How Not To Be A Dick To Your Skinny Friends

I have a small waist because I am genetically disposed to have one. So please don’t assume that I woke up one day and decided that fat people are disgusting and then starved myself to not be one.
Publish date:
July 8, 2013
how not to be a dick, thin, ice cream, it's nice to be nice, M

This is not a guide for how fat people can be friends with thin people and it’s not a response to “How Not To Be A Dick To Your Fat Friends.” This is for everyone who has a friend who is thinner than them and who feels the need to comment on that fact.

I am 5.2ft and weigh around 112 pounds. This makes me thinner than a lot of my friends, it means clothes tend to fit me and I don’t get judgmental looks when I eat ice cream. That’s nice, and if I put on a lot of weight I would miss those things.

But it also means that I get shitty looks and backhanded compliments off people who think my weight is an extension of my personality. So here’s a guide to not making your thin friend feel like shit.

Don’t call her skinny.

Skinny sounds horrible, it sounds like ribs and hipbones poking through papery skin and spines rearing out of someone’s back. It sounds like something’s gone wrong, like an eating disorder or a wasting disease. Call her slim or thin or slender or anything else but skinny should be kept for lattes and jeans until people learn not to sneer when they say it.

Don’t talk about “skinny bitches,” “skeletons,” “thinspirationalists” or in any other demeaning way about thin women.

Overweight people don't like it when others make assumptions about the type of person they are based on their weight. Neither do thin people. It feels like shit to hear someone equate the shape of your thighs with joyless, cruel, miserable, fat-shamers. So please view doing this as unacceptable as using fat as shorthand for “dirty,” “lazy,” “unmotivated,” etc.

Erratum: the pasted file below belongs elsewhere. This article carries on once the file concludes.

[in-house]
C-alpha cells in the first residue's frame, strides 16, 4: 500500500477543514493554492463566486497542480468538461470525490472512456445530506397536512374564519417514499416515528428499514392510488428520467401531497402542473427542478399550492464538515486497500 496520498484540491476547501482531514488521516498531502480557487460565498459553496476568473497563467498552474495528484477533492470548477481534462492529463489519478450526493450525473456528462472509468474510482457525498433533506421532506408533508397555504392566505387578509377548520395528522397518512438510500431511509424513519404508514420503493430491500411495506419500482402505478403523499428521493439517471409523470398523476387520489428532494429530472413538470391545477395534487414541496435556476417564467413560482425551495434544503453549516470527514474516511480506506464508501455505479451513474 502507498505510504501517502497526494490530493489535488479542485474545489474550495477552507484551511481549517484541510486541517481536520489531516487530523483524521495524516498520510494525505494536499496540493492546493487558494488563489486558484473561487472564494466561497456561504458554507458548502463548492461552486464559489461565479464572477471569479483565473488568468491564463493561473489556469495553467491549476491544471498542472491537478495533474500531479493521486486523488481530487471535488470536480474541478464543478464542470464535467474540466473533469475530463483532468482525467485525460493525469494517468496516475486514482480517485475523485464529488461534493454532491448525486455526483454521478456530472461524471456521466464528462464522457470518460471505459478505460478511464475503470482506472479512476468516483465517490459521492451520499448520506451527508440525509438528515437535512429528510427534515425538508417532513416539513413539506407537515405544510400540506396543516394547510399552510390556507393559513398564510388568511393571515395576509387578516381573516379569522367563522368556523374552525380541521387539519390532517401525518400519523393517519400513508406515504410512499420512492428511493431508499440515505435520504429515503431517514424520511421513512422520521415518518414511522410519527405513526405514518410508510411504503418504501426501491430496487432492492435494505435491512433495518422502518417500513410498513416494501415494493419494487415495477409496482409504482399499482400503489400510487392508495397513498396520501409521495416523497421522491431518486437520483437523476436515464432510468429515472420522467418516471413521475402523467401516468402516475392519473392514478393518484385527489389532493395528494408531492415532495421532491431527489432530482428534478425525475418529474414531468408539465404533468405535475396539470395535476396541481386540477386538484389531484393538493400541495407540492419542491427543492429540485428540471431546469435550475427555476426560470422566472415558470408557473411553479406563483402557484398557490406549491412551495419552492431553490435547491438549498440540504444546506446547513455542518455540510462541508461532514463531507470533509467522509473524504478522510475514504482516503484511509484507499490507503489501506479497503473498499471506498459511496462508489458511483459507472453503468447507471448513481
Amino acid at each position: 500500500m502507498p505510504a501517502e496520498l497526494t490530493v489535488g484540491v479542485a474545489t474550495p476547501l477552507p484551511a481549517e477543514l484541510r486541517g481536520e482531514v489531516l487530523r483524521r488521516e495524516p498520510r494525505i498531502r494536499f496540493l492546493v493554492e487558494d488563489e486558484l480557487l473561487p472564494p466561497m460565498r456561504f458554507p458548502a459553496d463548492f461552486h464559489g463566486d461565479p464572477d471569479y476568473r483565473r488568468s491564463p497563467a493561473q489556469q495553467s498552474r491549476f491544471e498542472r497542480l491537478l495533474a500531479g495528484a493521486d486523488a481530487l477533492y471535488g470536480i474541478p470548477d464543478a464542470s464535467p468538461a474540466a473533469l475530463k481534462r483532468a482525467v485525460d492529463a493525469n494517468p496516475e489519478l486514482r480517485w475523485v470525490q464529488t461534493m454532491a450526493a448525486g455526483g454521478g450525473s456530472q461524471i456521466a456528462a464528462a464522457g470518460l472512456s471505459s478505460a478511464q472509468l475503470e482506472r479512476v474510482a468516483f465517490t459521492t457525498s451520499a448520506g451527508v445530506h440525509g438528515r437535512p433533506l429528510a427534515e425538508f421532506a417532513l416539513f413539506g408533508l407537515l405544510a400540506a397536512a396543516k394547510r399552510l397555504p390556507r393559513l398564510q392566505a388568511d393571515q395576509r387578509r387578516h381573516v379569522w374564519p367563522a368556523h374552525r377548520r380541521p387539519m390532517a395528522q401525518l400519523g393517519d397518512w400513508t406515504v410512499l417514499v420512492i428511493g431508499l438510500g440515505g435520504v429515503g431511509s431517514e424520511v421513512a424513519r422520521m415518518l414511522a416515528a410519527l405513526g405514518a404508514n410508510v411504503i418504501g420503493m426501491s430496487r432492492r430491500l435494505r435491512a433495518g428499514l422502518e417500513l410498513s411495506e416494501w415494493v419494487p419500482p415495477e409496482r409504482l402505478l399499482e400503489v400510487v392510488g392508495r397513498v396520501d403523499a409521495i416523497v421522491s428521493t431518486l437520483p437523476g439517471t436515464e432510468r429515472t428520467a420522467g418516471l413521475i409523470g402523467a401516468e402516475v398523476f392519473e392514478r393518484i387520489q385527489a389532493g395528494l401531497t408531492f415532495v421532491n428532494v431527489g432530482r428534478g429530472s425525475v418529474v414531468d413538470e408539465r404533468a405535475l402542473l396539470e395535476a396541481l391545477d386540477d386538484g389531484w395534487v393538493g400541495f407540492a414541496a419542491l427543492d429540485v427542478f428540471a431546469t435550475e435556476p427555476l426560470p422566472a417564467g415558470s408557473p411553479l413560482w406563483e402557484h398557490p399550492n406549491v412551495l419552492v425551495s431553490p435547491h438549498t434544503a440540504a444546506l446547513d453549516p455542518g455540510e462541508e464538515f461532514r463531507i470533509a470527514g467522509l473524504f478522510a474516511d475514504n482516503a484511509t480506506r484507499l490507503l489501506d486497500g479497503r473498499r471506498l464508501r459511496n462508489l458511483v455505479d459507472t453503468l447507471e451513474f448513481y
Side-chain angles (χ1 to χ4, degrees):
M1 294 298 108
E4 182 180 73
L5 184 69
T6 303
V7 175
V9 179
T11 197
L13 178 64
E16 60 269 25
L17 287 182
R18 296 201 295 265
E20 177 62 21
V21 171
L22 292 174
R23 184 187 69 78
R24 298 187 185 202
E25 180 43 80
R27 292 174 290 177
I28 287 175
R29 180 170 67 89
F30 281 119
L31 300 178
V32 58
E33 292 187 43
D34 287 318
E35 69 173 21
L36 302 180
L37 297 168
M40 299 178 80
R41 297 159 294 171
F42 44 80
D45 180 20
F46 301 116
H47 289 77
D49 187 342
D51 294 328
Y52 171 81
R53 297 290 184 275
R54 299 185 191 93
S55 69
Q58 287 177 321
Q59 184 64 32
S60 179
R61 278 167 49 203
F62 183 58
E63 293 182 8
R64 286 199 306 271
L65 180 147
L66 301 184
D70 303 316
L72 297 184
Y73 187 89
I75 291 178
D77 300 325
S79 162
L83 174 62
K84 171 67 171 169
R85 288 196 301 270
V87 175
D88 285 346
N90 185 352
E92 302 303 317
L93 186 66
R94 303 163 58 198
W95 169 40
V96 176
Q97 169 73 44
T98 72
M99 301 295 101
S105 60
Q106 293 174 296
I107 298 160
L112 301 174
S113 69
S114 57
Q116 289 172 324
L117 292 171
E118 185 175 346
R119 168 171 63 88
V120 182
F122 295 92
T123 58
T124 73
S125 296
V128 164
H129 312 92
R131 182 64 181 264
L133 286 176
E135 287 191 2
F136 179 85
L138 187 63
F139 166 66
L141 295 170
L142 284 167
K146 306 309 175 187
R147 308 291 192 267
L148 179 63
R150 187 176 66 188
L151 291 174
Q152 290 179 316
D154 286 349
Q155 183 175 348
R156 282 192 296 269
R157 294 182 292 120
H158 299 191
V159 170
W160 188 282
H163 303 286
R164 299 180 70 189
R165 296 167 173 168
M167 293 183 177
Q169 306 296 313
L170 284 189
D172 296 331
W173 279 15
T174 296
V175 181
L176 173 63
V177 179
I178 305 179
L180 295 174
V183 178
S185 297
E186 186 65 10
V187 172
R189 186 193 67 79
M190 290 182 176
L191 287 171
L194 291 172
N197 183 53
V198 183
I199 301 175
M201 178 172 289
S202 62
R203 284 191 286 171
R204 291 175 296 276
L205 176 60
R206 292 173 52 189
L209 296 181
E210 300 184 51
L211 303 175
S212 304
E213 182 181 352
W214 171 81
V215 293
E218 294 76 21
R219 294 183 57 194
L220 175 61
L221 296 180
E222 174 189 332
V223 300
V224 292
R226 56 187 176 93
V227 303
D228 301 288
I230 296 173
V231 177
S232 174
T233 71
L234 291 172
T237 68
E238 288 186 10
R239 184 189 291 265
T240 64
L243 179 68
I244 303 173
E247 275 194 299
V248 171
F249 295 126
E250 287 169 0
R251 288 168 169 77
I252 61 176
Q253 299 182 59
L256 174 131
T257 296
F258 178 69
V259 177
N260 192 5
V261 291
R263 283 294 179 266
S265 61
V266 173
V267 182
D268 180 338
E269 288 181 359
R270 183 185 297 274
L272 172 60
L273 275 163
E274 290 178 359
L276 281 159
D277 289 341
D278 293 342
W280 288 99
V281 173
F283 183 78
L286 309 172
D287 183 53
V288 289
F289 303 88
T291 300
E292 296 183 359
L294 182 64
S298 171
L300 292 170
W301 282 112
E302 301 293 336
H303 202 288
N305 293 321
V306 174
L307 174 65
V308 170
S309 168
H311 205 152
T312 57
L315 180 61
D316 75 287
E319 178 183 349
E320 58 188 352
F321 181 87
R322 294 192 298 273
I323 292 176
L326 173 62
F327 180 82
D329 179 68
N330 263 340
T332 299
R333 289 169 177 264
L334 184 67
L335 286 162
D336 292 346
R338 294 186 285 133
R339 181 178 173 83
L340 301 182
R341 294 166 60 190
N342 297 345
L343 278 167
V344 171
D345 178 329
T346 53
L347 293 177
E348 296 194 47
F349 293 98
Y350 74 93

Don’t assume she’s chosen to look that way, or that she’s worked really hard to look that way.

Sometimes people just look the way they look. Sometimes they make choices to look that way. But most skinny girls have skinny mums and skinny genes and eat crap because they can and it is in no way a comment or a judgement on your weight. I have a small waist because I am genetically disposed to have one and I’m a vegetarian and forget to eat when I’m stressed. This is about me; not you. So please don’t assume that I woke up one day and decided that fat people are disgusting and then starved myself to not be one.

Don’t tell her she can eat whatever she wants.

Yeah, if I have a dessert I probably won’t put on any weight, but I don’t want one so please back off. Don’t assume I'm worrying about my weight or looking for reassurance. I am aware of my own potential to eat a slice of chocolate fudge cake. I live in my own body and I’ve watched myself lift a fork and put it in my mouth before so I know this is possible. I just don’t want to.

And I don’t want to be constantly informed that I can eat whatever I want. Because unless you have dietary limitations or are a vegan or are living during a famine or something EVERYONE CAN EAT WHATEVER THEY WANT! So how about telling me I can win an Olympic medal or a Nobel Prize for Literature or something. Instead of accusing me or reassuring me or whatever you’re doing when you say “Oh, but you can eat whatever you want, you’ve got nothing to worry about.”

Don’t go on and on about how it’s worse to be thin and unfit than fat and fit.

A not exhaustive list of things that fat and thin women worry about: money, their family, spending enough time with their friends, being well read, the weekly shop, going out enough, staying in enough, being too stressed, not being driven enough, their careers, the environment, should they volunteer more, should they call their mum more, shaving their legs, remembering a packed lunch, spending too much money on Barry M nail varnish, dentist appointments, meeting the right person, meeting too many of the right people and not having time for them, not ever meeting the right person, spiders, rapists, insurance, flossing, and yes -- am I going to the gym enough?

So pointing out that you can be fat and fit is great -- in a weight-obsessed society it can’t be said enough.

But you know the end of that sentence when you say how thin people are often really unhealthy as well? Don’t. Because I know I’m unfit, and I really, really hate it when you remind me of that.

Don’t turn it into us and them.

Try not to view it as who is fat and who is thin because that is what the patriarchy wants us to do. And in this case the patriarchy isn’t just red-faced old men quaffing swan and drinking Bangladeshi factory workers' tears. It’s women’s magazines that run bikini body tips, it’s fat AND thin shamers and it’s everyone who places more importance on the shape of a woman’s body than what she does.